Most first-time home-buyers get a plain vanilla mortgage - one that amortizes over 30 years with an interest rate and monthly payments that never change. If you actually stay in the house for three decades, you'll own the property free and clear.
Such a mortgage inspires a feeling of security among home-buyers, which is why it's so popular. But keep in mind when you set out to look at houses that you pay a premium for such security.Investors who buy mortgages on Wall Street demand higher interest rates for 30-year mortgages because, from their perspective, the longer term presents more risk. If they're earning 7.5 percent on your mortgage and the market rate surges to 10 percent, you're in luck - but they're stuck. The value of their investment falls.
If you're willing to take on some of the risk of rate change yourself, you can get a lower interest rate on your mortgage. Last week, for example, the Mortgage Bankers Association reported its members were charging an average of 7.03 percent for a 30-year fixed-rate mortgage, 6.66 percent on a seven-year balloon and 5.97 percent on a one-year adjustable mortgage.
As you can see, the more risk you take on, the lower rate you can get.
But statistics consistently show that most homebuyers are risk-averse. The Mortgage Bankers survey showed that only 11 percent of conventional mortgages closed the week of June 5 were one-year ARMs. And even fewer buyers - 1.1 percent - chose a balloon.
Nevertheless, you might want to do a little research before settling on a 30-year fixed-rate mortgage. Lenders now offer many products that might fit your situation better. If you plan to stay in a house 10 years or less, consider a 10-1 mortgage. It has a fixed rate for 10 years, then adjusts every year after that. You'll probably never get to the adjustable years.
Another mortgage that might work in such a situation is a 7-23. You get an initial interest rate that lasts seven years; in the eighth year, the interest rate is adjusted to whatever market rates are at the time and that's the rate you pay for the remaining 23 years of the loan. With luck, your mortgage payments could fall after seven years.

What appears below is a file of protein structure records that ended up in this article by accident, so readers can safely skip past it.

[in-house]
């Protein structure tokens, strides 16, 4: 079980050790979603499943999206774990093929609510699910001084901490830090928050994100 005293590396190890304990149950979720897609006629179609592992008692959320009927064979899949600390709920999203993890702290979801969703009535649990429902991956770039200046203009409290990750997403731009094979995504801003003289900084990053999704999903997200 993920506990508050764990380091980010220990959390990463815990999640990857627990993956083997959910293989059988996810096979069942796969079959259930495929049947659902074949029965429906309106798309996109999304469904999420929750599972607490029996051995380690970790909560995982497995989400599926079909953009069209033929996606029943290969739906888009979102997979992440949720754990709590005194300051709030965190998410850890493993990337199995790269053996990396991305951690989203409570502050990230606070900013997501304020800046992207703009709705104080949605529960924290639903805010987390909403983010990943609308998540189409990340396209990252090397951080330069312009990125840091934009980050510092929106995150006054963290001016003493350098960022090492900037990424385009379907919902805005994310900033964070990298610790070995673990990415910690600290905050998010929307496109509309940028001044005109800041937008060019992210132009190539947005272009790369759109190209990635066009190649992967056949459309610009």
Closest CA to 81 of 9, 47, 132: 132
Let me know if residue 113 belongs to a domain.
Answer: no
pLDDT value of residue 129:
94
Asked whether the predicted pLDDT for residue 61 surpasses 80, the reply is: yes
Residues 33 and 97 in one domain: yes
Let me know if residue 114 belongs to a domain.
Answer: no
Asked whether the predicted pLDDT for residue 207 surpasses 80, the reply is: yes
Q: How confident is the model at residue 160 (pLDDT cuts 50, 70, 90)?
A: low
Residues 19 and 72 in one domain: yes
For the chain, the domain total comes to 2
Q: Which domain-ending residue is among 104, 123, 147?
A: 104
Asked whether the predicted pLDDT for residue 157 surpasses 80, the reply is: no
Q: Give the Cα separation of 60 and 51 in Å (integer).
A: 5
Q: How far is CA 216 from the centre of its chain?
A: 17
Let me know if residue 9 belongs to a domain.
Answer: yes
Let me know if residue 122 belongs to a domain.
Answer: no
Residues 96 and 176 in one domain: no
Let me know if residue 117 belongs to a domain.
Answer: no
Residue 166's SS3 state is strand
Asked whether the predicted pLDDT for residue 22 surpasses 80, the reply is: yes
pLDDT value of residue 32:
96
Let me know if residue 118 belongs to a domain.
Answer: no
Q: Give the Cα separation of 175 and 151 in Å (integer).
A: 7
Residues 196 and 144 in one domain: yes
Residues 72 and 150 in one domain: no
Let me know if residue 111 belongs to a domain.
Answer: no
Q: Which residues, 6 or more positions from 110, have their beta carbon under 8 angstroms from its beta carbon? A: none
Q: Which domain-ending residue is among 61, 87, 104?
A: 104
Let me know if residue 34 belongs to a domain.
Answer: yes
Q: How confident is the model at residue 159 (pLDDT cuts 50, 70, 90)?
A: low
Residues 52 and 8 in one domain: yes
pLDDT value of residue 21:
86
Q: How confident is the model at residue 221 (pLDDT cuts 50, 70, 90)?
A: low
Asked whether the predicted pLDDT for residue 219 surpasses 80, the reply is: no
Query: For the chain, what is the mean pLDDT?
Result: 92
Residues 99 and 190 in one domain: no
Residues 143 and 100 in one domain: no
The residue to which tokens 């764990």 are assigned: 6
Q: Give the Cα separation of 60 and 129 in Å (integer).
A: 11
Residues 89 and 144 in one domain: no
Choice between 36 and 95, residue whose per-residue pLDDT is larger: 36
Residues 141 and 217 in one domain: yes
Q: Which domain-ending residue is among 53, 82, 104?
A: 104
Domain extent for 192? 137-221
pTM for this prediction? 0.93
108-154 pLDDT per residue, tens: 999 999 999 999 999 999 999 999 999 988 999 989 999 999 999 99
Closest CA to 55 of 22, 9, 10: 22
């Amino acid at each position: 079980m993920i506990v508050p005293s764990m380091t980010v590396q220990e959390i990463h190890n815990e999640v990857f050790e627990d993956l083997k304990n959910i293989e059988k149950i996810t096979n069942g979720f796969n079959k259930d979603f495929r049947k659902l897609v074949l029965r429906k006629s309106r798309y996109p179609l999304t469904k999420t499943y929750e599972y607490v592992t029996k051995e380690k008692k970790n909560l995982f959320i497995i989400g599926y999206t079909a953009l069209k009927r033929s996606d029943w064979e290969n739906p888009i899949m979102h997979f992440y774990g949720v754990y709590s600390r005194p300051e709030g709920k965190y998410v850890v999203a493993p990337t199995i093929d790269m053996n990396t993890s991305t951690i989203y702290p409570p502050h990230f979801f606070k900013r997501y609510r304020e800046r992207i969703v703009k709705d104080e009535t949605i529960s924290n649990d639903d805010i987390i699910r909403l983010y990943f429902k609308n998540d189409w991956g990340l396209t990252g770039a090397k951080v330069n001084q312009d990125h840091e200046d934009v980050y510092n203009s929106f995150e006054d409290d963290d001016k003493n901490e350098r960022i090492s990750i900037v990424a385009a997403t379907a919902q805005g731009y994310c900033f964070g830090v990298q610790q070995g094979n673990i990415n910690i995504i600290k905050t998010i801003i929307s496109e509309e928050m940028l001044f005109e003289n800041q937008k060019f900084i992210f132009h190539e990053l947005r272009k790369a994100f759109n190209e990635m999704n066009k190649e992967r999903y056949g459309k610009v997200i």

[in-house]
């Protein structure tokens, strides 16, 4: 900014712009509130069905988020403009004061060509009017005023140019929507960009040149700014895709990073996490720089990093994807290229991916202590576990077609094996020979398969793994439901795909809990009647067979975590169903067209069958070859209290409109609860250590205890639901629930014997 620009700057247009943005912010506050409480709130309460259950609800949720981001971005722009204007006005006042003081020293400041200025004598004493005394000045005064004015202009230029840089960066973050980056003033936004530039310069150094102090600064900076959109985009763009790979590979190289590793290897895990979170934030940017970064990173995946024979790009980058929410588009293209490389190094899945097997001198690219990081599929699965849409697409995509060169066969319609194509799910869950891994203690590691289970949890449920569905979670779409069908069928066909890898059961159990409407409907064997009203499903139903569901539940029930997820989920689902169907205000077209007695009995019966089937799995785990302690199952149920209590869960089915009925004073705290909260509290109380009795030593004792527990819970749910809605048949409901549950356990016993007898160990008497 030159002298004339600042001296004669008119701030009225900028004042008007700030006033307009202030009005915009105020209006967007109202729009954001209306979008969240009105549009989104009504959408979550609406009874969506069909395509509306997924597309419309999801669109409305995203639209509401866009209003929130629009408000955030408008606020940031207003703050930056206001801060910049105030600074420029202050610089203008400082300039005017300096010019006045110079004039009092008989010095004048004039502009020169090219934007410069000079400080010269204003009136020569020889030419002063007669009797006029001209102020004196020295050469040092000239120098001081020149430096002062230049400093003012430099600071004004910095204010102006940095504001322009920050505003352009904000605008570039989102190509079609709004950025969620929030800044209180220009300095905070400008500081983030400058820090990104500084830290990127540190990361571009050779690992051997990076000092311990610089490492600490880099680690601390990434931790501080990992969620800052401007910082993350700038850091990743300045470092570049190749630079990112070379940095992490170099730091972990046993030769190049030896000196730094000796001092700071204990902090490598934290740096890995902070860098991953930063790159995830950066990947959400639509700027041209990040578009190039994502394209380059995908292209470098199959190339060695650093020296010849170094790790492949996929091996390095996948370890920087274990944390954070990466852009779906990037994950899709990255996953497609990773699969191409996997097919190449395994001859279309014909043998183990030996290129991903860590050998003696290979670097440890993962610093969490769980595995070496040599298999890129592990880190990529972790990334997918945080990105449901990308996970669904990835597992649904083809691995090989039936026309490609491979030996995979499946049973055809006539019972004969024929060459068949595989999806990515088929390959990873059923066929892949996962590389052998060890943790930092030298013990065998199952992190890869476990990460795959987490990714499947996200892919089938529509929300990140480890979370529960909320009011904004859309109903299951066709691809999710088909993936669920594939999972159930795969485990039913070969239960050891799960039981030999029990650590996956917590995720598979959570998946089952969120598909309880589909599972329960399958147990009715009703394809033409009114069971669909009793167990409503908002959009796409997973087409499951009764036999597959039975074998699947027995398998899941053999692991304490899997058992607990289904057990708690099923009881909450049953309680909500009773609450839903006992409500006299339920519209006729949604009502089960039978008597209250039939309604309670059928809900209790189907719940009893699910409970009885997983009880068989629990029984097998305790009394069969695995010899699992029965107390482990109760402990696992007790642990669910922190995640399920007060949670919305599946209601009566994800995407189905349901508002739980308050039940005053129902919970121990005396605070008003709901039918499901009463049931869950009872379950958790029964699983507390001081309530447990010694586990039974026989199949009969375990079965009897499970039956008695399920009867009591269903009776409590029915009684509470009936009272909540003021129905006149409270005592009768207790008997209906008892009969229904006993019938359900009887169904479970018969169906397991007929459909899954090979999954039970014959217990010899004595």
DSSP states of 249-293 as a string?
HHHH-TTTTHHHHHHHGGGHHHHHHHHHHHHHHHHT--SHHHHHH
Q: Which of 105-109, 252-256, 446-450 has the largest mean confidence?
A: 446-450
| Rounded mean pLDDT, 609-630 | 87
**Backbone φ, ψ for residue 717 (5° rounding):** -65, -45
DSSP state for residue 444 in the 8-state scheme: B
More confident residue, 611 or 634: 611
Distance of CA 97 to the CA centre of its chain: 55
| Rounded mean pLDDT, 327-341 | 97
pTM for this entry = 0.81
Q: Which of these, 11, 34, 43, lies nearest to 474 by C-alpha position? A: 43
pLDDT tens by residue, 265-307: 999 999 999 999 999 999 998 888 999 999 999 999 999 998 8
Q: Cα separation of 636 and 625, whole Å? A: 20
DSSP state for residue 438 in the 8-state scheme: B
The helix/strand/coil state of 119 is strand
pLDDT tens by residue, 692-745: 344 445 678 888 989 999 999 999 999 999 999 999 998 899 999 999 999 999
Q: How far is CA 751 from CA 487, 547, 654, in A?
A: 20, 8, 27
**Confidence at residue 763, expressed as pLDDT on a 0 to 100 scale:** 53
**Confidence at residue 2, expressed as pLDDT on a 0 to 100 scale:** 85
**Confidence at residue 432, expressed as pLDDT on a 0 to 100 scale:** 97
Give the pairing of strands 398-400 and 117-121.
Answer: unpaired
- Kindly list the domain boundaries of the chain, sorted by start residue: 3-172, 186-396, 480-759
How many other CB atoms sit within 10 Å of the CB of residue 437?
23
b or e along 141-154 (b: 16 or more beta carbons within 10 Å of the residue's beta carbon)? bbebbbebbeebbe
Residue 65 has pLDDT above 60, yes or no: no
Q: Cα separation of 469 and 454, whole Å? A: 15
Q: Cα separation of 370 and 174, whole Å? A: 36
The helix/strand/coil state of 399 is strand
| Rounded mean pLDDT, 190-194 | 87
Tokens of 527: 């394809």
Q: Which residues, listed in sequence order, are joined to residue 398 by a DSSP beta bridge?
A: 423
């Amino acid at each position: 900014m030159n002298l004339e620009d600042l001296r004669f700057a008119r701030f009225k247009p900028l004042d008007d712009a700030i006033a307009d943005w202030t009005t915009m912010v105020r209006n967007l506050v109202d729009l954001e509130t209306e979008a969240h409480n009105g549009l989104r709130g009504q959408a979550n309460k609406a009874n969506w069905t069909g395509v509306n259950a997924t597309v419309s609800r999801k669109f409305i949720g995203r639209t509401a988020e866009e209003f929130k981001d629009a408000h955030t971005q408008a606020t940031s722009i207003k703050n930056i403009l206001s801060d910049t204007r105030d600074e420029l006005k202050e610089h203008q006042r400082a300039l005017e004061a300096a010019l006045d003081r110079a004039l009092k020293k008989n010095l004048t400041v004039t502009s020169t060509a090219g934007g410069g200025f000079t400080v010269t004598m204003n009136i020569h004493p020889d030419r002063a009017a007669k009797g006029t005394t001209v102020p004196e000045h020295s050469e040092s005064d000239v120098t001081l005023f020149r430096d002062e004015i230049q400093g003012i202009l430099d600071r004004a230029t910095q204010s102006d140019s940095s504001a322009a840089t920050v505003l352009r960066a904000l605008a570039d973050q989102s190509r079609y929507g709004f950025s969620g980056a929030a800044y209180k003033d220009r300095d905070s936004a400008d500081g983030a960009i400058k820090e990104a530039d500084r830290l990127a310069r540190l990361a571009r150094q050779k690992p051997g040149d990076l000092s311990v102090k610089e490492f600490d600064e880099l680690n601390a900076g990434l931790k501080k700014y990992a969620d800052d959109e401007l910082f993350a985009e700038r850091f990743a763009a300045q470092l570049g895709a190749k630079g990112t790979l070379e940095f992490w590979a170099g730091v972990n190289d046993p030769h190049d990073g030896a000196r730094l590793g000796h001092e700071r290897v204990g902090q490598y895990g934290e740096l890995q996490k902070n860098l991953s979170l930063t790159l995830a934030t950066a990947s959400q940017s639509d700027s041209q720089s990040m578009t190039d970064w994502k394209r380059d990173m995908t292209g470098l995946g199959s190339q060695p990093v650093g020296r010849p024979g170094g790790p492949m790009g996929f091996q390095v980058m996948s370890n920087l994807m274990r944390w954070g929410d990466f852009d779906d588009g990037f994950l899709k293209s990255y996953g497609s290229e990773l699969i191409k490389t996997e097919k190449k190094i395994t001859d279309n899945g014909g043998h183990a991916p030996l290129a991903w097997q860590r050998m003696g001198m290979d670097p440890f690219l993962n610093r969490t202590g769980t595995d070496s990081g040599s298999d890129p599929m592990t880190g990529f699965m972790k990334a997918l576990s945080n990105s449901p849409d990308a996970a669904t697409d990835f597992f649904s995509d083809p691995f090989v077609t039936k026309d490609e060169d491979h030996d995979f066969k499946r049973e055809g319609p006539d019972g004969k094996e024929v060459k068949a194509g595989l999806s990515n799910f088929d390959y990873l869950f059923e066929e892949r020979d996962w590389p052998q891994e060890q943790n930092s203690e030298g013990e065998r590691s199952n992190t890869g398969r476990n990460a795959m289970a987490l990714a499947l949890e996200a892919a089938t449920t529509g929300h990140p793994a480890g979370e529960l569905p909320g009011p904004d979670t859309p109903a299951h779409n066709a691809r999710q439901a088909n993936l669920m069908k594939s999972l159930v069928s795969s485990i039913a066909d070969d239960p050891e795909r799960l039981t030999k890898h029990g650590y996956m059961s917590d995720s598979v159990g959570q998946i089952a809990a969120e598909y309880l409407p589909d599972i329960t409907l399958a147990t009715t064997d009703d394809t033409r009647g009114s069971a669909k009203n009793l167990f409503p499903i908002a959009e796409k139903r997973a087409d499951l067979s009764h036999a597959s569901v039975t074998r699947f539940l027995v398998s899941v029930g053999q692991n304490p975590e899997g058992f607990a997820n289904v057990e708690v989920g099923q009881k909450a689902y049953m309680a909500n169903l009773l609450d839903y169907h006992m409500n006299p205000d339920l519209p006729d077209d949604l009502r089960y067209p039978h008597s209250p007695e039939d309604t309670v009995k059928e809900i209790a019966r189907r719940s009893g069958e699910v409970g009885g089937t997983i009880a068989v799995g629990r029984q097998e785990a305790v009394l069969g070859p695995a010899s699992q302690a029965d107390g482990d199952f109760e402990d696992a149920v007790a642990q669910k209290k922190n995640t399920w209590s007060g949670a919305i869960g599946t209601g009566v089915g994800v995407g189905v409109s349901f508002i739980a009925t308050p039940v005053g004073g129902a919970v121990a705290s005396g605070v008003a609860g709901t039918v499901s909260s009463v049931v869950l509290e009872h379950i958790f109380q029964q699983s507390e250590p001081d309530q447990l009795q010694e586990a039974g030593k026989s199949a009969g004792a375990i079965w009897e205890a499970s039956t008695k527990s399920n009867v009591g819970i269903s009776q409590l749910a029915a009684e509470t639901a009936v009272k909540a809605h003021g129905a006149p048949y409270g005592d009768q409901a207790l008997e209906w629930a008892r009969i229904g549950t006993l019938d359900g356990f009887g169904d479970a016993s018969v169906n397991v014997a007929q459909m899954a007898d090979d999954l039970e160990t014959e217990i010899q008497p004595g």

Alternately, a 7-1 mortgage has a fixed rate for seven years, then becomes adjustable. And a seven-year balloon offers fixed payments for seven years and then ends - you have to refinance, sell the house or pay cash for the remainder due.
You can get similar variations for mortgages that are fixed for initial periods of five years and three years, then turn into various kinds of ARMS or balloons.
If you find the house of your dreams and are pretty sure you won't be moving again, go for the 30-year mortgage. Otherwise, consider a shorter term. You don't need to pay for security that you won't need.
A survey by First Republic Bank found that luxury houses sold at record or near-record levels during the first quarter of this year in San Francisco, Los Angeles and San Diego. "Multiple offers over the asking price are common up to the $2 million price range," said real estate agent Leslie deBretteville in San Francisco.
Let's hope those buyers fare better than some Californians who bought just a year earlier. The Mortgage Information Corp. reports that serious mortgage delinquencies on conventional loans made in 1997 were more than double the national average by year's end in some California communities.
With 100 percent being the national average, Los Angeles delinquencies were 222 percent, Redding's were 244 percent and Riverside's 178 percent.
The worst delinquency number, though, was in Miami, with 567 percent. Other cities with way-above-average numbers of new homeowners at least 90 days late on payments or in foreclosure were Tampa-St. Pete with 200 percent; Orlando, Fla., with 256 percent; Washington, D.C., with 189 percent; Scranton, Pa., with 211 percent and New York City with 189 percent.